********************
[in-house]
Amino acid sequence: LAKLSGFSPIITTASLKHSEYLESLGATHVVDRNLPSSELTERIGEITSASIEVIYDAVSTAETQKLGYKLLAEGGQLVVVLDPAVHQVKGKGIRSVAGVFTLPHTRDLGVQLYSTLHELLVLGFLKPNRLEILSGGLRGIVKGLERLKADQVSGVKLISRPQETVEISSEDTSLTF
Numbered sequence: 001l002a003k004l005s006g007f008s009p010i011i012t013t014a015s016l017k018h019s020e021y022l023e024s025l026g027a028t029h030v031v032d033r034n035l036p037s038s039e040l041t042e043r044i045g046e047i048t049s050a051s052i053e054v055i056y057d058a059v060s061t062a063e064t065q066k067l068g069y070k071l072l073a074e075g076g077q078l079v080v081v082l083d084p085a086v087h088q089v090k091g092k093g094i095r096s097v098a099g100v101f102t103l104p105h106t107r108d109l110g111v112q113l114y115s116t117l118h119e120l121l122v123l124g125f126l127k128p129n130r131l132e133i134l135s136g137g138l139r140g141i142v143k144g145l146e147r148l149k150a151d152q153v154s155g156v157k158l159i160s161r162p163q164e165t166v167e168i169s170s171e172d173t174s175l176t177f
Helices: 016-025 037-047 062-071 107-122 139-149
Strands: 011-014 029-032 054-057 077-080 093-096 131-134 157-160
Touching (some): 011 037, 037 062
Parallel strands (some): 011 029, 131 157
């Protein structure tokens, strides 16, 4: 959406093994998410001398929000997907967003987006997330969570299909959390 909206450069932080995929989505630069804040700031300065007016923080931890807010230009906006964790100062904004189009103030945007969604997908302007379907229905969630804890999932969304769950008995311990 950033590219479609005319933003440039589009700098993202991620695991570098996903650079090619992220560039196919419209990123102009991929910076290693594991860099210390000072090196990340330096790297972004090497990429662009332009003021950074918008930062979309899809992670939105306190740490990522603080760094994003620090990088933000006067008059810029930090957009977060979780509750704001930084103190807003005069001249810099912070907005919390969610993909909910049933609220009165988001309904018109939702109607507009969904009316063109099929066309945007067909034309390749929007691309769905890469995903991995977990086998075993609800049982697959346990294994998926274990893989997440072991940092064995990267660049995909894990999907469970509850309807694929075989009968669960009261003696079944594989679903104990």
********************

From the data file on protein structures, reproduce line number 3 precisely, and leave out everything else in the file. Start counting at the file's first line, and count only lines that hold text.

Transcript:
Numbered sequence: 001l002a003k004l005s006g007f008s009p010i011i012t013t014a015s016l017k018h019s020e021y022l023e024s025l026g027a028t029h030v031v032d033r034n035l036p037s038s039e040l041t042e043r044i045g046e047i048t049s050a051s052i053e054v055i056y057d058a059v060s061t062a063e064t065q066k067l068g069y070k071l072l073a074e075g076g077q078l079v080v081v082l083d084p085a086v087h088q089v090k091g092k093g094i095r096s097v098a099g100v101f102t103l104p105h106t107r108d109l110g111v112q113l114y115s116t117l118h119e120l121l122v123l124g125f126l127k128p129n130r131l132e133i134l135s136g137g138l139r140g141i142v143k144g145l146e147r148l149k150a151d152q153v154s155g156v157k158l159i160s161r162p163q164e165t166v167e168i169s170s171e172d173t174s175l176t177f